By Noah Haglund Herald Writer
EDMONDS — The city’s former human resources director filed a federal lawsuit against the city and former Mayor Mike Cooper, saying she was fired in 2011 for raising questions about payroll irregularities.
Debi Humann alleges that Cooper terminated her after she confronted him about time sheets involving his executive assistant, Kim Cole. Humann at the time told Cooper she was cooperating with a state Auditor’s Office investigation into Cole’s time sheets, according to the suit. That risked implicating the mayor because he had signed off.
The suit was filed Jan. 17 in federal court because it involves alleged violations of Humann’s constitutional rights to due process as well as defamation. She is pursuing a separate whistle-blower complaint through the state’s Office of Administrative Hearings.
“We feel confident that the courts and the jury will vindicate Debi, as have all others who have independently and objectively evaluated the facts of this case,” said Cliff Freed, one of Humann’s attorneys.
In addition to Freed, she’s being represented by Beth Barrett Bloom and Christie J. Fix, all from Seattle law firm Frank Freed Subit &Thomas LLP.
Cooper fired Humann in September 2011. She says she received no hearing or other process before being let go.
The suit asks the courts to make the city conduct a hearing and issue a press release clearing Humann’s name. It requests unspecified damages to compensate her for injury to her professional reputation, embarrassment and emotional distress. The suit seeks unspecified punitive damages against Cooper.
Cooper on Tuesday said his attorney had advised him not to comment.
Edmonds Mayor Dave Earling referred questions about the case to an attorney who works for the city.
Humann’s complaint accuses Cooper of violating her rights and defaming her with statements he later made to media outlets about why he let her go. Humann contends the former mayor made false statements to the media to protect his reputation and to punish her for cooperating with the state auditor.
Cooper has said he terminated Humann because his level of trust in her deteriorated to the point where they could no longer work together.
“The city’s ability to function relies on a relationship between the Mayor and staff that is based on the highest level of trust and confidentiality,” said a statement from Cooper after the firing. “In order to have the public trust the city needs a committed staff that maintains that highest level of trust with the mayor and council.”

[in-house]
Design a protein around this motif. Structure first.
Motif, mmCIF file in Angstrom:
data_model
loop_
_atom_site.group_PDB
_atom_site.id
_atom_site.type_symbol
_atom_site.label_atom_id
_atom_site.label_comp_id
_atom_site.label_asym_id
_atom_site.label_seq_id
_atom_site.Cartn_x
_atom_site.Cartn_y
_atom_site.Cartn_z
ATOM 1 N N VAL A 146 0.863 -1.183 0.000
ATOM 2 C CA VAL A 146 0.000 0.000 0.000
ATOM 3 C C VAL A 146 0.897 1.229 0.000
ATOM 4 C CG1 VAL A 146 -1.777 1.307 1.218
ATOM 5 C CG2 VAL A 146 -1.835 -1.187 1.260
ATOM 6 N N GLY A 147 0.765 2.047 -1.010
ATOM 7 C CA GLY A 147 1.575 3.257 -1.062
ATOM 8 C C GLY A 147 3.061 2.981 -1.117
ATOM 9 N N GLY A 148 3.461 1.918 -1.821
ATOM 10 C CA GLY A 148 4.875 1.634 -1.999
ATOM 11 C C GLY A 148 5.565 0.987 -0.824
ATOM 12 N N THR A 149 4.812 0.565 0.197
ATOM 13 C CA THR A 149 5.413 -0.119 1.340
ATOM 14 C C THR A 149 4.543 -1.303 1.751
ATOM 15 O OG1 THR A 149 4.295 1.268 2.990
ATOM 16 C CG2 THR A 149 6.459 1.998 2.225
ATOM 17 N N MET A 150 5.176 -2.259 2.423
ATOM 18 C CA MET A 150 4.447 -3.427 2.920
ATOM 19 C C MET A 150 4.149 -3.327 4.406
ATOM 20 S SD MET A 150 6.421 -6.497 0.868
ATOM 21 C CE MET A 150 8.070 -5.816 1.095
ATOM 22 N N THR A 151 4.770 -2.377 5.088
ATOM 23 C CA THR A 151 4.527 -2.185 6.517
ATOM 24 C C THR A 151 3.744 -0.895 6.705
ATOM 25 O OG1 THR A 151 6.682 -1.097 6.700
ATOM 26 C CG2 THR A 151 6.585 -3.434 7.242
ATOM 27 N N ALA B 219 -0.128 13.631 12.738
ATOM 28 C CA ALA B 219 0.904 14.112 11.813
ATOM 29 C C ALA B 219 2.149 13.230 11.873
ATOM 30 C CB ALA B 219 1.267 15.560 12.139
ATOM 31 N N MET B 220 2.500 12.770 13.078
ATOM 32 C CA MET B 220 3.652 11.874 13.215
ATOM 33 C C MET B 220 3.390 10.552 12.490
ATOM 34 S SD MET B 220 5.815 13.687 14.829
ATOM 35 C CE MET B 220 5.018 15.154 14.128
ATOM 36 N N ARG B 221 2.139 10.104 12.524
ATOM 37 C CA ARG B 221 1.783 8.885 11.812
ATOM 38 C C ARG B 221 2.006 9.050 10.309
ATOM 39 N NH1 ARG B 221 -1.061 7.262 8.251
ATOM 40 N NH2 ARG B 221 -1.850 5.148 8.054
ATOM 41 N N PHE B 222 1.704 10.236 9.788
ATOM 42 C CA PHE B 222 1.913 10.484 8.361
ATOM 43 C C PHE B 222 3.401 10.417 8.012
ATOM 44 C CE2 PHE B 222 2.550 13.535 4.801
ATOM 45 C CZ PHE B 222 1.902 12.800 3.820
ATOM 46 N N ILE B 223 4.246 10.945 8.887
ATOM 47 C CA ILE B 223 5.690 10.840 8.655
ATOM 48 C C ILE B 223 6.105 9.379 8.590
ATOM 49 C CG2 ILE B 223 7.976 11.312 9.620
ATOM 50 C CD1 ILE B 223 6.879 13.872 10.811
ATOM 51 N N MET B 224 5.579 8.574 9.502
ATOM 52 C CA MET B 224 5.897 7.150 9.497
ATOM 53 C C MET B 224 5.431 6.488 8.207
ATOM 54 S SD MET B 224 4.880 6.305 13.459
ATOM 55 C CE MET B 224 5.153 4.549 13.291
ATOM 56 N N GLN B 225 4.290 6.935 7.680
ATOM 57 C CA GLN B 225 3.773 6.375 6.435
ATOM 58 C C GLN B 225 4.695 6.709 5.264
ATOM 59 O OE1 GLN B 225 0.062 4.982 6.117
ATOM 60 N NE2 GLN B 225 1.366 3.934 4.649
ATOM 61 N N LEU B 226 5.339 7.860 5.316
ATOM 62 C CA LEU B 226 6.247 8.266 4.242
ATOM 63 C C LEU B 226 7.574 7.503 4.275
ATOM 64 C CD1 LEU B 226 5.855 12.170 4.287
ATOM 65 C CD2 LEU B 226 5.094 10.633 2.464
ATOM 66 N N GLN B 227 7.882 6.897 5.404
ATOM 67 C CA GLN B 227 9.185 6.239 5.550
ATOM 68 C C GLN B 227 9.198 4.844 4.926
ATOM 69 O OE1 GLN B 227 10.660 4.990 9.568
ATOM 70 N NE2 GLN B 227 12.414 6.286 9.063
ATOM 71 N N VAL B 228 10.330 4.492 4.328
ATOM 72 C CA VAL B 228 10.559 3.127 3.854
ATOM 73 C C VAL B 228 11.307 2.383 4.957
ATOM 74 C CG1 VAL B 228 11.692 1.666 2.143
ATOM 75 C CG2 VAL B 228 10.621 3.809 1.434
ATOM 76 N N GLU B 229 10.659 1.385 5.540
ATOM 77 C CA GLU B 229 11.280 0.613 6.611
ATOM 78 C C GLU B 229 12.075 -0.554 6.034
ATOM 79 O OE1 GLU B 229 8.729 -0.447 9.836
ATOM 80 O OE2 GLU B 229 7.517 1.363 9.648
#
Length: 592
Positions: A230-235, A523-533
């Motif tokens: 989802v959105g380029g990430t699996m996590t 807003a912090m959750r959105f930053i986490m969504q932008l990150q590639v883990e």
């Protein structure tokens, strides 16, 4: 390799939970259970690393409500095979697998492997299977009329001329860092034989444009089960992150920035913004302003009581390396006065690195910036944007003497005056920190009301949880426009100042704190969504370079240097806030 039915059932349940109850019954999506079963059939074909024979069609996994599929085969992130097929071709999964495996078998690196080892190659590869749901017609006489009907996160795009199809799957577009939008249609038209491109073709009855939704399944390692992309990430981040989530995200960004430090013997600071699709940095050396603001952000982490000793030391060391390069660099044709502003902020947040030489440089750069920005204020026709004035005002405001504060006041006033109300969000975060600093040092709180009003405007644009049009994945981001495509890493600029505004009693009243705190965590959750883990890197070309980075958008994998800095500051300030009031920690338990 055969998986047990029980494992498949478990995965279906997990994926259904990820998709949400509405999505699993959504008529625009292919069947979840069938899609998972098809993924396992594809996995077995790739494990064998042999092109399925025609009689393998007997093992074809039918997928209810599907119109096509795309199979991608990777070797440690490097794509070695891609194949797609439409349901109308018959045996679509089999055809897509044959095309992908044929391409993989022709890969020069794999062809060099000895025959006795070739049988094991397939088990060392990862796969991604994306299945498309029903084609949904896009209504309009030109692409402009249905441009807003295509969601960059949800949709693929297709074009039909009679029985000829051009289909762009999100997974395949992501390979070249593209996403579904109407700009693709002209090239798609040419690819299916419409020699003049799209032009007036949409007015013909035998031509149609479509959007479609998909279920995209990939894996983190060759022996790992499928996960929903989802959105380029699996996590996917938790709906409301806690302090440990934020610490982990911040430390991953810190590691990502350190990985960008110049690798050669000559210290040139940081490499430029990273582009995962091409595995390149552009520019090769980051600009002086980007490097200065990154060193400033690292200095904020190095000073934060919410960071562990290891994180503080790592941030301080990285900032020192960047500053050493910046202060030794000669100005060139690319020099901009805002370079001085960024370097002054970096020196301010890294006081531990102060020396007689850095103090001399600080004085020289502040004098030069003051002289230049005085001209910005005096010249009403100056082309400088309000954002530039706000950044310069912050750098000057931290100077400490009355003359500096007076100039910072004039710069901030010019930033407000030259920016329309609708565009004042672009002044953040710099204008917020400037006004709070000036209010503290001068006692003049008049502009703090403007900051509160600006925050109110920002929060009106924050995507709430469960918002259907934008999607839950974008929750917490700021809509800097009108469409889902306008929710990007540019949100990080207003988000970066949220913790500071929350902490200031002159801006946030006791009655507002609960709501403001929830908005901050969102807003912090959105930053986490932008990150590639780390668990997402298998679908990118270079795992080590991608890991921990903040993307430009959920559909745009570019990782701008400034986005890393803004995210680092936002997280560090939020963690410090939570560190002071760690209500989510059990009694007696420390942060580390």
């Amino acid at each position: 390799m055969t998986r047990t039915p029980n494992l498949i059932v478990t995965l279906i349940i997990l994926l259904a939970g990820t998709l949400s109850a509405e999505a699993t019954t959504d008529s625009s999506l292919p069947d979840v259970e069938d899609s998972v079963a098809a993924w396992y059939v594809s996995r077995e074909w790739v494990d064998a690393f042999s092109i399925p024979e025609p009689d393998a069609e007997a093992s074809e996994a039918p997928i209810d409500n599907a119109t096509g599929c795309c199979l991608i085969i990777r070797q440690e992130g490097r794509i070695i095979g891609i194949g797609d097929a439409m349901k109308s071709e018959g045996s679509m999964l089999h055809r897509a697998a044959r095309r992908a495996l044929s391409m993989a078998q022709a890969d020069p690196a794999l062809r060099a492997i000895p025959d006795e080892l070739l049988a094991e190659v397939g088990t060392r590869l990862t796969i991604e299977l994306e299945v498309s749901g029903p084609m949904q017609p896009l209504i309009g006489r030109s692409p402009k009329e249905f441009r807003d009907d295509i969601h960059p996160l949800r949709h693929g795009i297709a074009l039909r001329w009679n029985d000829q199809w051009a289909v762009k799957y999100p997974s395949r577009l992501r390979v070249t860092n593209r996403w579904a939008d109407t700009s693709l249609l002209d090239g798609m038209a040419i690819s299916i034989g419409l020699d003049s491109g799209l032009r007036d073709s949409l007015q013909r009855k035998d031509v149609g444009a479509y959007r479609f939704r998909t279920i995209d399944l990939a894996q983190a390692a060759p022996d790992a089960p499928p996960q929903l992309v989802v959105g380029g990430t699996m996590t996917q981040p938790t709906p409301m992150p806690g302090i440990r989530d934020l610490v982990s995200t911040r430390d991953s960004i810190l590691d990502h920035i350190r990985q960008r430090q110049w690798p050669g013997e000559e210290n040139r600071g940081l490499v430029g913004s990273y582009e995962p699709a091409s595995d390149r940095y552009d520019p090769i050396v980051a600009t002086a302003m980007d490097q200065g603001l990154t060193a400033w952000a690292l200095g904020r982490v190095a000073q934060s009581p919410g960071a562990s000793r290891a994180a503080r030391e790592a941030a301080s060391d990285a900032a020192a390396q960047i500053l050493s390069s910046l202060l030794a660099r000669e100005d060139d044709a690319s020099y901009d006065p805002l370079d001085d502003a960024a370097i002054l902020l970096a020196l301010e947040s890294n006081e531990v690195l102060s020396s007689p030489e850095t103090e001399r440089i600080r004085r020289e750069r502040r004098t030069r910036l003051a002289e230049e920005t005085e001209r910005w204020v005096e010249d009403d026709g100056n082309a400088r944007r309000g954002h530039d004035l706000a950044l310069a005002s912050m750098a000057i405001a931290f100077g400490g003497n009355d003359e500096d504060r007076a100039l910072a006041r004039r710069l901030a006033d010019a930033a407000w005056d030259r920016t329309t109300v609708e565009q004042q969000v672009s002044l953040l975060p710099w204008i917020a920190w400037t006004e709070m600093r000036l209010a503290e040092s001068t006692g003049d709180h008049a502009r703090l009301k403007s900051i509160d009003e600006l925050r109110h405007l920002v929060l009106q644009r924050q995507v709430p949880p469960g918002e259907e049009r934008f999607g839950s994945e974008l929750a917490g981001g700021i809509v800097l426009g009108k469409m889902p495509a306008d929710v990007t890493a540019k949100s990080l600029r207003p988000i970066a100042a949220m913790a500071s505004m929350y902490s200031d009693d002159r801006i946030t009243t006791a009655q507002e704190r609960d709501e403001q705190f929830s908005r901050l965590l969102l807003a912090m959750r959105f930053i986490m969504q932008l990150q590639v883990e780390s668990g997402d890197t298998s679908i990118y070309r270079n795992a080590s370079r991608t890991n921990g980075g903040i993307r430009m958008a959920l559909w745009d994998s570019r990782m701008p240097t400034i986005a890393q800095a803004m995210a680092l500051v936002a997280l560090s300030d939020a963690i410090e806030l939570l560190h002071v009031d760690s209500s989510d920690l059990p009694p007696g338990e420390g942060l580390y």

After Humann left her job, the Edmonds City Council eliminated her position in a cost-saving move.
Cooper in 2011 lost a lopsided election to Earling, who took nearly 65 percent of the vote.
Upon taking office, Earling promptly fired Cole from her $79,000-a-year job.
Attendance issues continued to dog Cole in Lynnwood, where she served on the City Council. In September, her Lynnwood City Council peers removed her from the elected post for missing too many meetings.
An outside investigation into the circumstances of Humann’s firing and allegations Cole made about workplace harassment in Edmonds were favorable to the former human resources director. It was conducted by attorney Jim Webber of Kirkland, who was retained by the city’s insurance provider.
Among the findings the city released in early 2012: Humann talked to Cooper about whether Cole was working 40 hours, and she had a “legitimate basis for expressing those concerns” to him. The attorney did not find that Humann was talking to others in the office about Cole’s schedule and attendance, as Cole alleged.
In May, Humann filed a damage claim with Edmonds, effectively putting the city on notice that she intended to sue. She had been with the city since 1999.
Noah Haglund: 425-339-3465, firstname.lastname@example.org.